European Contract Law

 
 
Nomos (Verlag)
  • 3. Auflage
  • |
  • erschienen am 28. April 2021
  • |
  • 312 Seiten
 
E-Book | PDF mit Adobe-DRM | Systemvoraussetzungen
978-3-7489-2573-6 (ISBN)
 
Den Kerngebieten des nationalen bürgerlichen und Handelsrechts liegen heute europäische Regelungen zugrunde. Das Handbuch bietet eine Gesamtdarstellung des europäischen Vertragsrechts unter Einschluss der neuesten Entwicklungen und behält dabei stets die Bedürfnisse der Praxis im Blick.
Die 3. Auflage wurde umfassend überarbeitet und aktualisiert; sie geht auf die Änderungen im Vertragsrecht insbesondere infolge der Digitale Inhalte-Richtlinie, der Warenkauf-Richtlinie sowie der Plattform-Verordnung ein.
  • Englisch
  • Baden-Baden
  • |
  • Deutschland
  • 3,09 MB
978-3-7489-2573-6 (9783748925736)
weitere Ausgaben werden ermittelt
  • Cover
  • Chapter 1 Foundations
  • I. Introduction
  • 1. European contract law
  • 2. Aim and structure of this book
  • 3. Sources and literature
  • a) Sources
  • b) Literature
  • II. Contract law as part of European private law
  • 1. Concept
  • a) Overview
  • b) Variations
  • 2. Dualism of national and supranational law
  • a) Origins
  • b) Independence of the supranational legal order
  • c) Interdependency between national and supranational law
  • III. Contract law in the acquis communautaire
  • 1. Types of rules
  • 2. Primary law
  • 3. Directives
  • a) Development
  • b) Fragmentation
  • c) Minimum and full harmonization
  • 4. Selected legislation and case law
  • a) Consumer protection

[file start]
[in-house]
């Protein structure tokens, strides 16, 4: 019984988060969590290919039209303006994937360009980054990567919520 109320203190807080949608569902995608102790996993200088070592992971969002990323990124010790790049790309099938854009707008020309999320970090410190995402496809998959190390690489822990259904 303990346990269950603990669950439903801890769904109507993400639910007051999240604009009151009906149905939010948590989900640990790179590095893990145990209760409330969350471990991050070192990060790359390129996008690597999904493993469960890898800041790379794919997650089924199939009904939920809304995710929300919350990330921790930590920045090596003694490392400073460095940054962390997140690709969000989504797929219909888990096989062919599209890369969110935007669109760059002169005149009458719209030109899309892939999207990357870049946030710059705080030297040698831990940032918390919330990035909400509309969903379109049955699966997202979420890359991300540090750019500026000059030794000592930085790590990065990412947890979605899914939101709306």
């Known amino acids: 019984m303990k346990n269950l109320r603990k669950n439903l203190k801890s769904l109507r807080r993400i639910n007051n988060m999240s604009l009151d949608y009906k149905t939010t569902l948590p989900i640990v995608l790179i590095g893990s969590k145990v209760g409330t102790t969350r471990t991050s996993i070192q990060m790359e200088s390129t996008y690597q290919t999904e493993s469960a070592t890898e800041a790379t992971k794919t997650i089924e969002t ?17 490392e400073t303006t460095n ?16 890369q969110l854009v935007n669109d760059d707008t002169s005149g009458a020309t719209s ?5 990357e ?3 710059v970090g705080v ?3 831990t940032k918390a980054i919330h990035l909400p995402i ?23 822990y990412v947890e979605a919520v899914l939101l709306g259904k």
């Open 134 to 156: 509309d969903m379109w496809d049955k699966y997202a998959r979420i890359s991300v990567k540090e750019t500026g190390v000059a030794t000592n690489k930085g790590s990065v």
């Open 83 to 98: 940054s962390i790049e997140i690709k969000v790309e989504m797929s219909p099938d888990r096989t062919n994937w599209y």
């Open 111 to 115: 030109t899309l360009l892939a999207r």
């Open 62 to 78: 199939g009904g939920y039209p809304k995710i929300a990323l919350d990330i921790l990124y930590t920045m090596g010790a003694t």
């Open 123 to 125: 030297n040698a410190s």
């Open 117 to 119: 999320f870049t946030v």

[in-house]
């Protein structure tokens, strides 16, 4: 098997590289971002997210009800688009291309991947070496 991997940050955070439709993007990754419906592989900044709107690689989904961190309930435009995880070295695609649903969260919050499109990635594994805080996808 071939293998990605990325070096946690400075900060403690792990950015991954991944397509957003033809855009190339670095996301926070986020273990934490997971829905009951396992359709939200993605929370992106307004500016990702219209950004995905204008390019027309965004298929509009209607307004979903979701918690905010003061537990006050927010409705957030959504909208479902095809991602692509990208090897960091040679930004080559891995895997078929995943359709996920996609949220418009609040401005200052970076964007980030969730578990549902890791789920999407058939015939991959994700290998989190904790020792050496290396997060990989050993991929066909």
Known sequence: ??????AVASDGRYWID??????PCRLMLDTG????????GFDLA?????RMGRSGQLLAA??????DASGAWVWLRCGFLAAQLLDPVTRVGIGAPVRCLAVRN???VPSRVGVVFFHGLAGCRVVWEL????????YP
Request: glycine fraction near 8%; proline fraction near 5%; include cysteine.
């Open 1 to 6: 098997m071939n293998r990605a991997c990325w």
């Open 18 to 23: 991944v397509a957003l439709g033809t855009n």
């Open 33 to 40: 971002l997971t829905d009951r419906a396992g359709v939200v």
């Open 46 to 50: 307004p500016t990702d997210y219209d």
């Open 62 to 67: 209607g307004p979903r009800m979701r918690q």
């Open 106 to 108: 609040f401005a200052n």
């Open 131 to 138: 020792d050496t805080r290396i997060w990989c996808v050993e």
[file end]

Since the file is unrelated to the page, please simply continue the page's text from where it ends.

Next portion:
• b) Small and medium-sized enterprises
  • c) E-Commerce
  • d) Payment services
  • e) Non-discrimination
  • f) Insurance contracts
  • g) Others
  • IV. Coherency of European contract law
  • 1. Academic approaches
  • a) Principles of European Contract Law
  • b) Pavia Draft
  • c) General contract law and commercial law
  • d) Acquis Principles
  • 2. Commission Action Plan and the Common Frame of Reference
  • a) Basic sources
  • b) Draft Common Frame of Reference
  • 3. The CESL as a codification
  • a) Concept
  • b) Preparation
  • c) Structure and scope of application
  • d) Codification character
  • e) Legislative process and withdrawal
  • V. Focus on the Digital Single Market
  • 1. Overview
  • 2. Legislation
  • a) Supply of digital content and digital services
  • b) Sale of goods
  • c) Modernization Directive
  • d) Online intermediaries
  • 3. Reshaping contract law
  • Chapter 2 Core Elements
  • I. Concept of contract
  • 1. Contract and juridical act
  • a) Requirements for qualified consent
  • b) Transparency
  • 2. Contract as consensus ad idem?
  • a) Contract and inertia selling
  • b) Conclusion of contract as a complex process
  • 3. Contract and notice
  • II. Types of contract in the acquis communautaire
  • 1. Specific circumstances
  • a) Commercial agency
  • b) Timeshare
  • c) Goods, digital content and digital services
  • d) Consumer credit
  • 2. Increase in contract types in the acquis communautaire
  • a) Framework contract
  • b) Advisory services
  • c) Service contracts
  • III. Mixed contracts
  • IV. Freedom of contract
  • 1. Overview
  • 2. Default and mandatory law
  • 3. Limitations on contract drafting by controlling contract terms
  • 4. Good faith